Fichte Studies (Cambridge Texts in the History of by Novalis

By Novalis

Novalis - Fichte stories. Edited by way of: Jane Kneller. Cambridge collage Press, 2003. 242 pages. (Cambridge Texts within the historical past of Philosophy). ISBN: 9780521643924

This quantity provides the 1st whole translation of Fichte experiences, a robust, inventive and sustained critique of Fichtean philosophy by means of the younger philosopher-poet Friedrich von Hardenberg, who lower than the pen-name Novalis went directly to turn into the main famous and liked of the early German Romantic writers. someone drawn to the destiny of German philosophy and literature instantly after Kant will locate this number of notes and aphorisms a treasure-trove of unique contributions at the nature of self-consciousness, the relation of artwork to philosophy, and the character of philosophical inquiry. There also are the beginnings of a strikingly contemporary-sounding semiotic conception. The textual content is translated via Jane Kneller, who additionally offers an creation situating the Fichte stories within the context of Novalis' lifestyles and paintings.

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Thought, however, can be communicated to a second signifying [agent], as with all things from outside, only in space, via an intuition or a feeling. /Space is the outer condition, time the inner condition, of sensible intuition, or feeling/ Consequently only through a sign. But if, as just stated, sign and signified are completely separated, if they are related only in the first signifying [agent], then it can only be an accident or a miracle if the signified is received by the second signifying [agent] through such a sign.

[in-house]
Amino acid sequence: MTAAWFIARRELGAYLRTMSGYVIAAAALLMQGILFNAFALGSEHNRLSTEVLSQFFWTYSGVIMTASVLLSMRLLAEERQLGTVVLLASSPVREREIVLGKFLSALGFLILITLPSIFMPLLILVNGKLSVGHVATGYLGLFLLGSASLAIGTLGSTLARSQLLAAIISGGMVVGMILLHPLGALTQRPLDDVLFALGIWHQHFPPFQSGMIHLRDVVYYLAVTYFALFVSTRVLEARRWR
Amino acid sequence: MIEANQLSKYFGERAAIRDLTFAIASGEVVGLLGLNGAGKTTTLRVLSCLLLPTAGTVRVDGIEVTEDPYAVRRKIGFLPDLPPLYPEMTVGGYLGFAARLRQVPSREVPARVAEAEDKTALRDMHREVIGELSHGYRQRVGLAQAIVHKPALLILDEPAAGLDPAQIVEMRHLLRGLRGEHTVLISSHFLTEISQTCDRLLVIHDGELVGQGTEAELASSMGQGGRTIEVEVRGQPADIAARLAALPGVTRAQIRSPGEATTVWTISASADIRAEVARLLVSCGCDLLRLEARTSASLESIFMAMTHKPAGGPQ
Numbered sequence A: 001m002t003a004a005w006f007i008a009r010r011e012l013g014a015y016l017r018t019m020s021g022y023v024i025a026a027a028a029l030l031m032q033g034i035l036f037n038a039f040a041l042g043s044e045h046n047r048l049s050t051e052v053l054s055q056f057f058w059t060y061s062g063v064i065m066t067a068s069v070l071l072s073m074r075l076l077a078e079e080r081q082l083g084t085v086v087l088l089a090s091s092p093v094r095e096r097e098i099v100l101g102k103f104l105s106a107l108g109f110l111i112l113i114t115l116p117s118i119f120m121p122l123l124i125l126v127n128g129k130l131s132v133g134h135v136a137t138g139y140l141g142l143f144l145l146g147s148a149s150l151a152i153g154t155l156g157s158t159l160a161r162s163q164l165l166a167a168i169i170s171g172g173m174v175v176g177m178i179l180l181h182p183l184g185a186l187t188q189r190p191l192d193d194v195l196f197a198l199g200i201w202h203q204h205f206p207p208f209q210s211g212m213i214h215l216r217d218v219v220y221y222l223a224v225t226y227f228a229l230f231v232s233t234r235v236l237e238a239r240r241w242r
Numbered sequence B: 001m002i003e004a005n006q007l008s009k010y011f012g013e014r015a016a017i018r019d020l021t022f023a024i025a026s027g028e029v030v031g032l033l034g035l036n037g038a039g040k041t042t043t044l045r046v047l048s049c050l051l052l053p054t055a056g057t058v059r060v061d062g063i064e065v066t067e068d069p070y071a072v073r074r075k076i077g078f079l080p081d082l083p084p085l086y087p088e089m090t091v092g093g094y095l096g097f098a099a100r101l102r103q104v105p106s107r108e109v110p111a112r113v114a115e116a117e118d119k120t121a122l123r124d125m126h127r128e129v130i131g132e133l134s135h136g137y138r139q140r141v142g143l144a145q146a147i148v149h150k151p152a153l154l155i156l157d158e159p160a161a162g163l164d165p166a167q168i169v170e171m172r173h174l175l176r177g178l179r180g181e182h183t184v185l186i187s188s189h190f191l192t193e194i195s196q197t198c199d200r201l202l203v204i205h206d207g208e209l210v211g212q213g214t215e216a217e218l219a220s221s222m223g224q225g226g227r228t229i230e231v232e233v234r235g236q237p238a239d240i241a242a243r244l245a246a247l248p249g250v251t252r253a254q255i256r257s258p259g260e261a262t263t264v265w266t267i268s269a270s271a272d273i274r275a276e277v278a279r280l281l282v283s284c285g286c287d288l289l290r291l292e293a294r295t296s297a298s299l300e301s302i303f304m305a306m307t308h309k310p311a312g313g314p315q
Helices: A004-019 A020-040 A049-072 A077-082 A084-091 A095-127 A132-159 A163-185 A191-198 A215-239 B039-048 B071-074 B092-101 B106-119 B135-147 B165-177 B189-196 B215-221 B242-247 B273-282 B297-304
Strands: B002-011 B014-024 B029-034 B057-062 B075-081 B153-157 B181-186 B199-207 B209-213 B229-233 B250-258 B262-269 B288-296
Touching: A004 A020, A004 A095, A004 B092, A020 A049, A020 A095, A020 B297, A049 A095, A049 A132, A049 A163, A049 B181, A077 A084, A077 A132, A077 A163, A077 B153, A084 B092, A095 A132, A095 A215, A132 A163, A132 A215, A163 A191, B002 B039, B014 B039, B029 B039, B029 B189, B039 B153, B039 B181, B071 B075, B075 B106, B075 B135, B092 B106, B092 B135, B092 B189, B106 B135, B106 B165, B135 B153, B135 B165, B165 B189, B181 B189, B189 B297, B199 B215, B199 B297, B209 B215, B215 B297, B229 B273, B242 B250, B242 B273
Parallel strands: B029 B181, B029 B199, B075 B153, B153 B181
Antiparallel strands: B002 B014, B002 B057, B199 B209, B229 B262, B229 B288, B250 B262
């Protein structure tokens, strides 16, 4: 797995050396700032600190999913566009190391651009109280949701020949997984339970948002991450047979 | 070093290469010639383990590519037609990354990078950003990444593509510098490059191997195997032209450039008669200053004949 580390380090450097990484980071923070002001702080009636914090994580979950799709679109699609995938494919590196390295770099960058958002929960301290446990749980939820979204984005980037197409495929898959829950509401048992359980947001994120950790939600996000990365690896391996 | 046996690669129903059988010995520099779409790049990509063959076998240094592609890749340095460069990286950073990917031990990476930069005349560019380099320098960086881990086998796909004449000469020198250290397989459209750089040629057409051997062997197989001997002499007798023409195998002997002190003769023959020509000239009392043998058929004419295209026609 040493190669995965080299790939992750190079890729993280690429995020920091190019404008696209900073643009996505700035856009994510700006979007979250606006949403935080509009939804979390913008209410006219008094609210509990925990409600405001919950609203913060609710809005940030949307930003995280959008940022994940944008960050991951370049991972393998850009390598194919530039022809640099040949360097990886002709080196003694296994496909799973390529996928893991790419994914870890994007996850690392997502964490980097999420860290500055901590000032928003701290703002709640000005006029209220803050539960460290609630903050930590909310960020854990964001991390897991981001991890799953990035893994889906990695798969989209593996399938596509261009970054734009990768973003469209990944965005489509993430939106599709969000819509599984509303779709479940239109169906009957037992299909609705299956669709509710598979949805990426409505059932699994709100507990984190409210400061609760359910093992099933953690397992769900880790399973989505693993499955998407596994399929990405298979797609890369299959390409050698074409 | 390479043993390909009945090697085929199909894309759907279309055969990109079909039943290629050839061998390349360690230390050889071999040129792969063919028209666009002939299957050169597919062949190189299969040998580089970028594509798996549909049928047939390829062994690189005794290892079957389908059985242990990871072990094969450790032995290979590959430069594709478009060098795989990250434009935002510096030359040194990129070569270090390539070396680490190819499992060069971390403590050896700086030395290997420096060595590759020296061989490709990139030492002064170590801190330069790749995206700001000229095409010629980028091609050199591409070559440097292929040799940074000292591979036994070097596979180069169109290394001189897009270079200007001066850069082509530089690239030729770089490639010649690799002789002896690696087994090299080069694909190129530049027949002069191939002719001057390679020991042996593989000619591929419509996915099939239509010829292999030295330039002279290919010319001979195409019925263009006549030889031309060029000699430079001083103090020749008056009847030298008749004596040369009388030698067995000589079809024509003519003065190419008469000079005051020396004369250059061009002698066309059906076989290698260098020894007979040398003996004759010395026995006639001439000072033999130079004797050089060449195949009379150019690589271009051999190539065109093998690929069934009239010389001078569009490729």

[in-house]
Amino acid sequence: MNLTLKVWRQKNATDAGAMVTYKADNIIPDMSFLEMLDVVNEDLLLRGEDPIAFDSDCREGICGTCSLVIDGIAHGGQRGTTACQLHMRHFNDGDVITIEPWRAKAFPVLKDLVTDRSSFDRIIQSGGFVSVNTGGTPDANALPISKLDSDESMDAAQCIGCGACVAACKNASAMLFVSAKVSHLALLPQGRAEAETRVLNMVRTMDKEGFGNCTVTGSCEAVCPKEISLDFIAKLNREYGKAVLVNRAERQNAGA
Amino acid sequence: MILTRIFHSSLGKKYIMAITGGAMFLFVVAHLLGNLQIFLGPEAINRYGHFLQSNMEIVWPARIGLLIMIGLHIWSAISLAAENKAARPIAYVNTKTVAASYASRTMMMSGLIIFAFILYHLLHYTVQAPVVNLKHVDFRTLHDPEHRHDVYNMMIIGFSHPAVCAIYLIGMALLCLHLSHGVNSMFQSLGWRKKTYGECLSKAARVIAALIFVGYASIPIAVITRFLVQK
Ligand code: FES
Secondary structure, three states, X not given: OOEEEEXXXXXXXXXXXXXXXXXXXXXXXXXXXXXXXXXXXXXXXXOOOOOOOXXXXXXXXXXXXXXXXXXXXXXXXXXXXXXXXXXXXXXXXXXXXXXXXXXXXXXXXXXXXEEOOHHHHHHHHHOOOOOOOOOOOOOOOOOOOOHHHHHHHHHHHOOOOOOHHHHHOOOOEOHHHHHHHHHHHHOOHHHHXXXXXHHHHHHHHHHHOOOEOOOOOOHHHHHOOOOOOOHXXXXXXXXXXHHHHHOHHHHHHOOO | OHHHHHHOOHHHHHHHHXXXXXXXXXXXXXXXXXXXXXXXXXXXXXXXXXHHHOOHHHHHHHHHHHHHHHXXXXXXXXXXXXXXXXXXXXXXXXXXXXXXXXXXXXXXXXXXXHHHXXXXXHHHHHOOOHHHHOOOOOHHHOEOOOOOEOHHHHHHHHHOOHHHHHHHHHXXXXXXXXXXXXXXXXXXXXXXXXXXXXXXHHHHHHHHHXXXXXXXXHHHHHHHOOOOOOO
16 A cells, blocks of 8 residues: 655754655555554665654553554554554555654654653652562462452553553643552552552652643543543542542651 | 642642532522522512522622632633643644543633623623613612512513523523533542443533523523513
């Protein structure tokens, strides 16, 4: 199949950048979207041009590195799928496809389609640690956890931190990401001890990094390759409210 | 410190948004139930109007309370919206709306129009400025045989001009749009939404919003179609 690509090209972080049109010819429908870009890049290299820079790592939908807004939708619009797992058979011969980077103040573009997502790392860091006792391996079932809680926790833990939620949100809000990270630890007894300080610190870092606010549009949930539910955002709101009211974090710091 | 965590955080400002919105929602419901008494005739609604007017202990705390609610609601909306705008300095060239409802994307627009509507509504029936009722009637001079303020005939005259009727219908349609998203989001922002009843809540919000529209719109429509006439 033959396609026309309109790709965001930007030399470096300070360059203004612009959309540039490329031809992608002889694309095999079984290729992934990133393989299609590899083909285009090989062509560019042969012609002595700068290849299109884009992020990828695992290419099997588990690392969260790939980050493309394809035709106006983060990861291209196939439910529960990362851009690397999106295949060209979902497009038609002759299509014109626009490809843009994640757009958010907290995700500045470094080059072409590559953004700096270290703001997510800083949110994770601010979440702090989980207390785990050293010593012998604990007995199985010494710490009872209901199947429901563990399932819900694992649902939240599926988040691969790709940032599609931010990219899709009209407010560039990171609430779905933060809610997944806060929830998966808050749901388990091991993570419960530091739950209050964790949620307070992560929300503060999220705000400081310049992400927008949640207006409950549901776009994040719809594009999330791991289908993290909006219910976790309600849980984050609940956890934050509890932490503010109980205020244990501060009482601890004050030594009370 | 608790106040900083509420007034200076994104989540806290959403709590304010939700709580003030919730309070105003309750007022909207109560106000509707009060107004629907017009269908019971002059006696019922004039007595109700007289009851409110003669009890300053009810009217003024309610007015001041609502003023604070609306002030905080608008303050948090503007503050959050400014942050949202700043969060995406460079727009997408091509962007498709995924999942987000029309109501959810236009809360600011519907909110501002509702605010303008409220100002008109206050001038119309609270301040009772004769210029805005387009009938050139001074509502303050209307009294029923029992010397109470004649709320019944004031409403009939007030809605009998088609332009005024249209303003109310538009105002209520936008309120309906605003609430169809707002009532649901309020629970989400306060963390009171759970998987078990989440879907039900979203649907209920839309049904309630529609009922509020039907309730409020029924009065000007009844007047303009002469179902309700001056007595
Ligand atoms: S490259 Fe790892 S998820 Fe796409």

Here philosophy is at a standstill and must remain so – because life consists precisely in this, that it cannot be grasped. Philosophy can aim only at being. Human beings feel the boundary that circumscribes everything for them, for themselves, the first act; they must believe it, as certainly as they know everything else. Consequently we are here not yet transcendent, but rather in the I and for the I. In order to conceive itself the I must represent to itself another like itself, anatomize, as it were.

This would be Fichte’s [notion of] intellect. The absolute I is this determined matter before the original act occurs in it, before reflection is applied to it/ Thus we have observed the most natural path in our deduction of philosophy – The need for a philosophy in consciousness – apparent progress from limited to unlimited – reflection upon that – apparent progress from unlimited to limited – results of this reflection – results of the feeling of this reflection – reflection upon these results according to those results – Discovered connection, or philosophy.

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